Retire: Pre-retirement withdrawals

In Latest, Retire by Kristia van Heerden

You may have an opportunity to withdraw from your provident or pension fund due to changes in employment during the COVID-crisis. Access to funds might cover some of your short-term expenses, but the long-term impact on your net worth could be severe. In this article we’ll share some factors to consider when making this decision. 

The tax

When you withdraw from your pension fund before retirement, the tax is brutal. The tax rate will depend on the size of the withdrawal. The withdrawal tax rate works on a sliding scale depending on how much money you take out. It also affects how much tax you pay on lump-sum withdrawals upon retirement. 

Depending on how long you’ve worked, the amount of money you’ll get out might still be huge, even after paying tax on it. To avoid the temptation that comes with that amount of cash, don’t focus only on what you’ll get out. Pay close attention to how much of your savings will go to SARS.


Tip: We discussed pre-retirement withdrawals in this podcast.


Based on the table below, if you wanted to withdraw R1m from your fund, you would get R793,000 after tax. That’s a hefty sum, especially if you’re unsure about your income going forward. However, it means R207,000 of your savings would go to SARS.

You’ll still pay tax when you retire from the fund, but you’ll have more control over how much tax you pay. 

The opportunity cost

The tax is only the beginning of the cost. All growth and dividends within a Regulation 28-compliant product is tax free. When you withdraw from your pension fund, you give up:

  • The growth you would have received on the full amount had you remained invested.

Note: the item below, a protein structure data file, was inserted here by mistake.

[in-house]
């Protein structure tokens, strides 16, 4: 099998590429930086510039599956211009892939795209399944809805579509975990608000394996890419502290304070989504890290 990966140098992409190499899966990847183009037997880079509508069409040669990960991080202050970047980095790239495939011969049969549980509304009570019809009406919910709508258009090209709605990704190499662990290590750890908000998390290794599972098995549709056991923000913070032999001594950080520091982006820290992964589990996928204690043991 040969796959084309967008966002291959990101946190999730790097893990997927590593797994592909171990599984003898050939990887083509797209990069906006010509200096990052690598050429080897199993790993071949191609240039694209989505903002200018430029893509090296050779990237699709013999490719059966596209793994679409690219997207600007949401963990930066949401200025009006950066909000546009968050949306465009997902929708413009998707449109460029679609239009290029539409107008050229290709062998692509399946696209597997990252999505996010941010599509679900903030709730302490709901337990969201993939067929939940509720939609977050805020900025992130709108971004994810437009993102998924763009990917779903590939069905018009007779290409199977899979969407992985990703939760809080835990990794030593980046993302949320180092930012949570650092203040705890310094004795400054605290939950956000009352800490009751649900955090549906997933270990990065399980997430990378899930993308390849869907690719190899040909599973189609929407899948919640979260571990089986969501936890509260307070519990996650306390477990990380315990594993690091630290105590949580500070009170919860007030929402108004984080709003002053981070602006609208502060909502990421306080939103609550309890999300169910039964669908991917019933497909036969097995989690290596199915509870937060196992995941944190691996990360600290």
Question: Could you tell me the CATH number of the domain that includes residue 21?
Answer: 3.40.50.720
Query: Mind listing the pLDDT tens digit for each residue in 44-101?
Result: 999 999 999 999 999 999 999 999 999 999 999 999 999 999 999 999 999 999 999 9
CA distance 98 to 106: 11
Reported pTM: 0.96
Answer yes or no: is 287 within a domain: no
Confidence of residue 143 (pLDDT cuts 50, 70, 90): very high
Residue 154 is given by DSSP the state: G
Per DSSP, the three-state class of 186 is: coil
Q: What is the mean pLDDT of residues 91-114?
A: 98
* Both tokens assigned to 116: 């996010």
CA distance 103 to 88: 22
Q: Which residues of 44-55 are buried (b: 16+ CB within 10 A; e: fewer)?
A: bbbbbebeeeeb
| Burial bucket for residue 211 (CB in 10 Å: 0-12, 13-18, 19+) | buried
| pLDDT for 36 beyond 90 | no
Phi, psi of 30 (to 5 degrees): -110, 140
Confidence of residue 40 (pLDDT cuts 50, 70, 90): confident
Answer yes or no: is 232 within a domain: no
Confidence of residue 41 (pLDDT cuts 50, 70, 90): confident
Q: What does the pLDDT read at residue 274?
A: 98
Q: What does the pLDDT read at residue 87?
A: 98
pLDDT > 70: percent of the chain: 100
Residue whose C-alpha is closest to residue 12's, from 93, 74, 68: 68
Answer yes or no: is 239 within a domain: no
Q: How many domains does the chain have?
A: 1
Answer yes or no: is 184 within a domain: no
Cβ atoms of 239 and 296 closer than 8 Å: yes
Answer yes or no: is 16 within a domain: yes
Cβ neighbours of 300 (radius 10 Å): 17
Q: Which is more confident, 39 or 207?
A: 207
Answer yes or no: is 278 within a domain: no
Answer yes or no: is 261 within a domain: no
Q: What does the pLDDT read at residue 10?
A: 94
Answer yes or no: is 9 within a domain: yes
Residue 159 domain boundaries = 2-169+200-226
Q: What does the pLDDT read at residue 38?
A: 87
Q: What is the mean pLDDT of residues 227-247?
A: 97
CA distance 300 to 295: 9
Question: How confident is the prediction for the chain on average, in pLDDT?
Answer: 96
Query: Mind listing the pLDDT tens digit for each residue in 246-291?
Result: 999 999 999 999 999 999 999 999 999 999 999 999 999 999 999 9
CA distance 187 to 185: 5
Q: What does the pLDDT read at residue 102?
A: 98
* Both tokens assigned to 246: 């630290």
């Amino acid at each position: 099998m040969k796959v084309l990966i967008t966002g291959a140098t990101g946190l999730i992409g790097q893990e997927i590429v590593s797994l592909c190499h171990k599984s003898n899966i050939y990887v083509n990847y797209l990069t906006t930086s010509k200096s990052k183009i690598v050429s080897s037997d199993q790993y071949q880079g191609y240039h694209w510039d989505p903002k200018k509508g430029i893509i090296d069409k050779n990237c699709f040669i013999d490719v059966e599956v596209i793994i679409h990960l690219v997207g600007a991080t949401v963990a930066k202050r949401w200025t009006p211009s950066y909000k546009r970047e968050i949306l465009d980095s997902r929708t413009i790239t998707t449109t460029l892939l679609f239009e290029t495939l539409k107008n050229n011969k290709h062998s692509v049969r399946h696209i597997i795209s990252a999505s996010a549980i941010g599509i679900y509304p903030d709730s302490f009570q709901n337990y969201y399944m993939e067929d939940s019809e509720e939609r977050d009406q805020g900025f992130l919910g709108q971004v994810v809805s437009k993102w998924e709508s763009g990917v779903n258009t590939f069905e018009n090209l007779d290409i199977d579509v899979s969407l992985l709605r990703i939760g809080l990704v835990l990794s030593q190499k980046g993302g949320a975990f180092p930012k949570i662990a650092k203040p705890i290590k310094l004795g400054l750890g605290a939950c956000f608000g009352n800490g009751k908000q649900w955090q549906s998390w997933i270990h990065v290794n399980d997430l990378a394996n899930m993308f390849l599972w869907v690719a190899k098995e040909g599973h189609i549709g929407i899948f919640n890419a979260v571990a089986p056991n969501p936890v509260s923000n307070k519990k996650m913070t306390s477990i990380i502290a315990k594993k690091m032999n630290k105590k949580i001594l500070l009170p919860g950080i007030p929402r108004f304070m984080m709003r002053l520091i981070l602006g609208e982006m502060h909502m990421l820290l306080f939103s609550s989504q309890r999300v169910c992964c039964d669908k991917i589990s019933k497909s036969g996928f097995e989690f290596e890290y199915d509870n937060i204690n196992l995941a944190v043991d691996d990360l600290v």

• The growth you would have received on the tax you paid.
  • The tax-free growth, dividends and interest you would have earned had you remained invested.

How to make the decision

If accessing these funds is the difference between survival and bankruptcy, there’s no choice. Pay the tax and get back on your feet. It’s never too late to start over. 

However, if accessing these funds is tempting because you want to buy a big-ticket item or move out of a Regulation 28-compliant environment, it would behoove you to run the numbers. One way to do that would be to look at past growth – either of your retirement fund, the fund you’d like to get into or even the entire market. These numbers are just to help you make a choice, so feel free to play around with the variables. 

Based on the performance of the fund or market over a period (you can choose however many years you want), how long would it take the money you have left over to get back to the pre-tax number? 

Let’s say the Satrix 40 is your benchmark for 10 years. How long would the money you have left over after tax have to be invested for you to get back to where you started?  If the Satrix 40 grew by 6.7% per year for the last ten years, how many years would it take for your R793,000 to turn back into R1m? 

Let’s say you get to four years. That’s four years before you can start growing your net worth again, if you reinvested that money. How long will it take you to get back to your million if you spend that money? What if the fund you move into returns less than 6.7% per year. How much longer will it take you to get back to where you started?

Under the current circumstances, it’s not as simple as saying you should never withdraw from your retirement fund. However, since this decision can impact your wealth for the rest of your life, it’s a decision worthy of long, serious thought. 


Saving for retirement is the biggest investment most of us will ever make. Sadly, it can also be very complicated. In this monthly blog, we try to answer some of the retirement questions we hear most often, ranging from which products are best suited to different circumstances to efficient tax treatments. Words by Carina Jooste.


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